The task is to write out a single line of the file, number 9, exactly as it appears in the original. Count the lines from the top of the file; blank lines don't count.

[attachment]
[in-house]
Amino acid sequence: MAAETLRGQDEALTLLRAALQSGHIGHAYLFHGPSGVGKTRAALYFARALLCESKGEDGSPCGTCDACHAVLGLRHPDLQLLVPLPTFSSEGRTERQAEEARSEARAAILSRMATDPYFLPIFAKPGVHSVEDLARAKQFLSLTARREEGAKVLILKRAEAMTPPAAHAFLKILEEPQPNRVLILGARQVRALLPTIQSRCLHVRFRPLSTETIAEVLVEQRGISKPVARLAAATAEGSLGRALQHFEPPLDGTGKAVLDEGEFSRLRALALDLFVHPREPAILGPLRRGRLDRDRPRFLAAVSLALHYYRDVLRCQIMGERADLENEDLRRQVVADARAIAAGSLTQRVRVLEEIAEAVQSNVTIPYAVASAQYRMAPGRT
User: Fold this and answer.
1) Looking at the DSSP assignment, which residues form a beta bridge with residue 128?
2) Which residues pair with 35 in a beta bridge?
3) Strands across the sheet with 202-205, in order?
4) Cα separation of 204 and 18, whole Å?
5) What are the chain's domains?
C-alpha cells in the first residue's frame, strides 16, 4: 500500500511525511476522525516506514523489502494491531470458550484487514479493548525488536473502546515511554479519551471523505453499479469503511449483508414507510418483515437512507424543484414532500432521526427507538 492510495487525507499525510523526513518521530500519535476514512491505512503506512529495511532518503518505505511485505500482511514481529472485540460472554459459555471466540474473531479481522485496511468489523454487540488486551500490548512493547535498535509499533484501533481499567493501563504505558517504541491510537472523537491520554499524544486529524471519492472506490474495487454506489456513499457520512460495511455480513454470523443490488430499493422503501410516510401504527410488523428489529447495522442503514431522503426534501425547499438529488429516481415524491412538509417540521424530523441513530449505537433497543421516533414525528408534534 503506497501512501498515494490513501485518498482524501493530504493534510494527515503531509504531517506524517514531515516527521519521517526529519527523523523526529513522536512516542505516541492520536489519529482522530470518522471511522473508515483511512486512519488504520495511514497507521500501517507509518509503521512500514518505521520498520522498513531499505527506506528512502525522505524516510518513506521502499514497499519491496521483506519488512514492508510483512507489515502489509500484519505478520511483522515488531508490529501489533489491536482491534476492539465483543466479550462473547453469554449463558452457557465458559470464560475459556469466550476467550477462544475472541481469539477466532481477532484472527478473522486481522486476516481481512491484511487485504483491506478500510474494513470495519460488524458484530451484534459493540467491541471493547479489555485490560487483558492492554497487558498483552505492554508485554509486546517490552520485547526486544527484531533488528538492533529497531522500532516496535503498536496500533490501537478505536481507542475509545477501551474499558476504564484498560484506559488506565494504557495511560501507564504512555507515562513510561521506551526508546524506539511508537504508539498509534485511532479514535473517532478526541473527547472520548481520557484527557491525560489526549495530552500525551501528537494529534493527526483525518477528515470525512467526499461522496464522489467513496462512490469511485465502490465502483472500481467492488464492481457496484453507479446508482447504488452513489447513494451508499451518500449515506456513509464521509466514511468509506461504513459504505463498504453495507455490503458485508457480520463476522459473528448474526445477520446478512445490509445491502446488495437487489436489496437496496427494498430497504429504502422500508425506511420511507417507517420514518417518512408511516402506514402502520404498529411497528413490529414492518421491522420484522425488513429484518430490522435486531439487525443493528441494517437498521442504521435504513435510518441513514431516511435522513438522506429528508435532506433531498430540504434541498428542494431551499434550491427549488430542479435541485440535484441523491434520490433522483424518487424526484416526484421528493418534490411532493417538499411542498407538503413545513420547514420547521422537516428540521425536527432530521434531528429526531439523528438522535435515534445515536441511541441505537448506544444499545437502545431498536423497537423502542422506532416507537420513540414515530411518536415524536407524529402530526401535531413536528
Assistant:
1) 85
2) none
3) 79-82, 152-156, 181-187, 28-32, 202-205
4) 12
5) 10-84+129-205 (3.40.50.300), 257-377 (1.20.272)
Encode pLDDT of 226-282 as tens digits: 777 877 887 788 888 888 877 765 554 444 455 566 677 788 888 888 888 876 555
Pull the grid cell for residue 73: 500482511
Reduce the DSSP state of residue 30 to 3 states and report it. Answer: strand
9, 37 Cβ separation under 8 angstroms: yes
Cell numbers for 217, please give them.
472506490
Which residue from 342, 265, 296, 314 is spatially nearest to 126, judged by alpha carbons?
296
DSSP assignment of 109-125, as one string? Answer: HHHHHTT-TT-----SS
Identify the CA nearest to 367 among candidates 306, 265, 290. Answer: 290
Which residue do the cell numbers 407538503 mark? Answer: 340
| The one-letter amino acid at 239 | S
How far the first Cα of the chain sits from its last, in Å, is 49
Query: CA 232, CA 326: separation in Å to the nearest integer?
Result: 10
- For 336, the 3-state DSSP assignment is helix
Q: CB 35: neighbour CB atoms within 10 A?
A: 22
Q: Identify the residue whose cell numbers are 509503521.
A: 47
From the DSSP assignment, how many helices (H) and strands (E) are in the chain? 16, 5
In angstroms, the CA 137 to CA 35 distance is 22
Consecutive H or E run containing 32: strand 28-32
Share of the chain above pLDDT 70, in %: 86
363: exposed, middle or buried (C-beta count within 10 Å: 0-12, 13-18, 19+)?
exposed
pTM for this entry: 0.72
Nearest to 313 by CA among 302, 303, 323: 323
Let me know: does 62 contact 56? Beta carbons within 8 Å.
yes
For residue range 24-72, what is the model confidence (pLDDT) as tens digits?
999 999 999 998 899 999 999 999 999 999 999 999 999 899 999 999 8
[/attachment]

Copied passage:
C-alpha cells in the first residue's frame, strides 16, 4: 500500500511525511476522525516506514523489502494491531470458550484487514479493548525488536473502546515511554479519551471523505453499479469503511449483508414507510418483515437512507424543484414532500432521526427507538 492510495487525507499525510523526513518521530500519535476514512491505512503506512529495511532518503518505505511485505500482511514481529472485540460472554459459555471466540474473531479481522485496511468489523454487540488486551500490548512493547535498535509499533484501533481499567493501563504505558517504541491510537472523537491520554499524544486529524471519492472506490474495487454506489456513499457520512460495511455480513454470523443490488430499493422503501410516510401504527410488523428489529447495522442503514431522503426534501425547499438529488429516481415524491412538509417540521424530523441513530449505537433497543421516533414525528408534534 503506497501512501498515494490513501485518498482524501493530504493534510494527515503531509504531517506524517514531515516527521519521517526529519527523523523526529513522536512516542505516541492520536489519529482522530470518522471511522473508515483511512486512519488504520495511514497507521500501517507509518509503521512500514518505521520498520522498513531499505527506506528512502525522505524516510518513506521502499514497499519491496521483506519488512514492508510483512507489515502489509500484519505478520511483522515488531508490529501489533489491536482491534476492539465483543466479550462473547453469554449463558452457557465458559470464560475459556469466550476467550477462544475472541481469539477466532481477532484472527478473522486481522486476516481481512491484511487485504483491506478500510474494513470495519460488524458484530451484534459493540467491541471493547479489555485490560487483558492492554497487558498483552505492554508485554509486546517490552520485547526486544527484531533488528538492533529497531522500532516496535503498536496500533490501537478505536481507542475509545477501551474499558476504564484498560484506559488506565494504557495511560501507564504512555507515562513510561521506551526508546524506539511508537504508539498509534485511532479514535473517532478526541473527547472520548481520557484527557491525560489526549495530552500525551501528537494529534493527526483525518477528515470525512467526499461522496464522489467513496462512490469511485465502490465502483472500481467492488464492481457496484453507479446508482447504488452513489447513494451508499451518500449515506456513509464521509466514511468509506461504513459504505463498504453495507455490503458485508457480520463476522459473528448474526445477520446478512445490509445491502446488495437487489436489496437496496427494498430497504429504502422500508425506511420511507417507517420514518417518512408511516402506514402502520404498529411497528413490529414492518421491522420484522425488513429484518430490522435486531439487525443493528441494517437498521442504521435504513435510518441513514431516511435522513438522506429528508435532506433531498430540504434541498428542494431551499434550491427549488430542479435541485440535484441523491434520490433522483424518487424526484416526484421528493418534490411532493417538499411542498407538503413545513420547514420547521422537516428540521425536527432530521434531528429526531439523528438522535435515534445515536441511541441505537448506544444499545437502545431498536423497537423502542422506532416507537420513540414515530411518536415524536407524529402530526401535531413536528